The Religious A priori

Arguments for the Existnece of God


Existential Argument
(Gabriel Marcle's)


A. Personal encounter.

"...God is discovered by the individual in the movement towards the free realization and appropriation of rather than as the terms of impersonal objective argument. To say this is not to say this is not to say that the act of self relating to God as 'my truth' is for them an irrational act or a purely capricious choice. Keirkegaard indeed may tend to give this impression on occassion. But Jaspers emphaizes the insecurity and evancent charter of finite existence and what may be called the experience or apprehension of the comprehensive, of the evolving being provided that one does not understand 'experinece' here as meaning privilaged mystical experience or anything approaching direct contact with God....IN his eyes (Marcel) exploration of those forms of experience which involve us as a person leads one to God..."[Frederich Copleston, Contemporary Philosophies, Westminster Maryland: Newman press, 1956,173.]

B. Existential Thinkers.

1) Soren Keirkegaard and objective uncertainty.

SK's theory of truth is that of "objective uncertianty." For him, scientific demonstration, and mathematics, is merely hypothetical turth. It has no real bearing on our situation as humans, it does not involve us in an understanding the meaning of our being, and without that we are not truely ourselves. He traces three stages in the development of the self: The aesthetic, the moral, and finally, blief.

"We are left with the leap of faith The passionate appropriation by the individual of an 'objective uncertainty.' The truth that matters is my truth...the truth which I have chosen, to which I have committed myself, for which I venture all, and by which I choose to live, rather than public property truth achieved as the conclusion of logical argument."[Copleston, 153.]

This may sound totally subjective and it might lead some to charge that it is a mere pretense. But SK Was totally committed to his faith and clearly believed that was real. He hated Descartes and felt that his doubt was phony. But if one could actually prove the existence of God who would need faith? The proof of God for Sartre is at the other end of the leap of faith, where one unities with one's source in God and becomes truely oneself, and for SK this was a reality that really works.

2) Paul Tillich and the object of ultimate concern.

Tillich believed that everyone shares the same basic ultimate concerns--death, justice, meaning and significance to life. When we confront our ultimate concerns truely we realize that there is an object of our ultimate concerns, which is God.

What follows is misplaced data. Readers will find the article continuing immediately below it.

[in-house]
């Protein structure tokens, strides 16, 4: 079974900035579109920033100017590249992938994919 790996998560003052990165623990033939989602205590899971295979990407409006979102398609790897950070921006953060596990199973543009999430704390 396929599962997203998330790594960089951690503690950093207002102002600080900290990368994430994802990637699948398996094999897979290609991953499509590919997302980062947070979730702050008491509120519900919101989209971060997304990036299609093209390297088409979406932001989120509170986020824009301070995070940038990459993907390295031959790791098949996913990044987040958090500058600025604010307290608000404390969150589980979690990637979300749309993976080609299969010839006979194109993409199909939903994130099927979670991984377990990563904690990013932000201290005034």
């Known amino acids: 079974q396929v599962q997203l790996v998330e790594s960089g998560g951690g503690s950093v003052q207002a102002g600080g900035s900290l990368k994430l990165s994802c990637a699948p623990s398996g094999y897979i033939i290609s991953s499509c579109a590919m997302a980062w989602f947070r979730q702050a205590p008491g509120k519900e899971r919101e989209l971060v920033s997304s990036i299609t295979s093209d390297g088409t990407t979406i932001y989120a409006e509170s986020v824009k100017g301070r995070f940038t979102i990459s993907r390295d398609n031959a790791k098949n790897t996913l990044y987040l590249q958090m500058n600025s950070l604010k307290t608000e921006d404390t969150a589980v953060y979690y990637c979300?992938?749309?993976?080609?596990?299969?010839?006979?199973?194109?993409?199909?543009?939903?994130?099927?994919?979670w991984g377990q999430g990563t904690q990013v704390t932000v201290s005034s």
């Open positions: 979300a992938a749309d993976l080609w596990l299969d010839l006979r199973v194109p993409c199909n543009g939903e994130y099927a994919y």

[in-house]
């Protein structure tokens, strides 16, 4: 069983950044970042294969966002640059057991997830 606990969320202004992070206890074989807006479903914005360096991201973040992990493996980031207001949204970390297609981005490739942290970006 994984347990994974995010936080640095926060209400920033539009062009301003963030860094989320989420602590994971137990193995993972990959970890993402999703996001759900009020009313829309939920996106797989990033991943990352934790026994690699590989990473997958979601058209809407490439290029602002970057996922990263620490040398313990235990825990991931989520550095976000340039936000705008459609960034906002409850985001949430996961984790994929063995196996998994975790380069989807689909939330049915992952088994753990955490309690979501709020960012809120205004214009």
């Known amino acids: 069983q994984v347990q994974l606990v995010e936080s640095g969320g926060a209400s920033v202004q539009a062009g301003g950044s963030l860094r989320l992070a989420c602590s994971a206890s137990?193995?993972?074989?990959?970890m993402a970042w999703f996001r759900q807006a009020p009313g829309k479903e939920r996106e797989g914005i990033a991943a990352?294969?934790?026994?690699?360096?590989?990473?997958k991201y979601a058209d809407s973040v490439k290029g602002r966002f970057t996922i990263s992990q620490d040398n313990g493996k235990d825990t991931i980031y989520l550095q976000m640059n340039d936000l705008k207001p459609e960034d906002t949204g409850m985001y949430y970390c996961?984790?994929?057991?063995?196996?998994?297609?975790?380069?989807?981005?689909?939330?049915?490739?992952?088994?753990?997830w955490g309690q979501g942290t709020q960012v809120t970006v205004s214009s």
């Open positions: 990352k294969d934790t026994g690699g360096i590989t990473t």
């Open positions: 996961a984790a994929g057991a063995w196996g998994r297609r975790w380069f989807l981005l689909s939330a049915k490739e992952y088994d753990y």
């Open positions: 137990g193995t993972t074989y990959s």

3) Karl Jaspers and apprehension of the transcendent.

Jaspers was trained as a psychiatrist and came to philosophy while already invovled in a flurishing career in psychotherapy. His argument begins with a discussion about the limitations of scientific study. Any particular science is limited in and by itself in that is bounded by its own subject matter. Science is negated from every yeilding an understanding of being, since to study being science would have to objectify it. Science could study beings, and does, but being is not merely study of beings, and cannot be objectified because to be is to be a subject and not an object. Being inherently contains its own subjective dimensions.

To understand being is to understand our own limits in finitude. We also move toward the transcending of this limit when we confront our own being--death for example--but not just death in generl, rather, my own death. At such a moment I become aware of myself as grounded in being and the presence of being as the grounding of all beings. I become aware of the transcendent as the negatively apprehended compliment of limits. I cannot obtain scientific assurence of the transcendent but I affirm it in the exercise of liberty. Jaspers emphasizes the symbolic character of the world and of all events. the passing of the finite triggers the realization of the lasting value of the transcendent. (Copeleston, 162-165)

4) Gabriel Marcel and the mystery of being.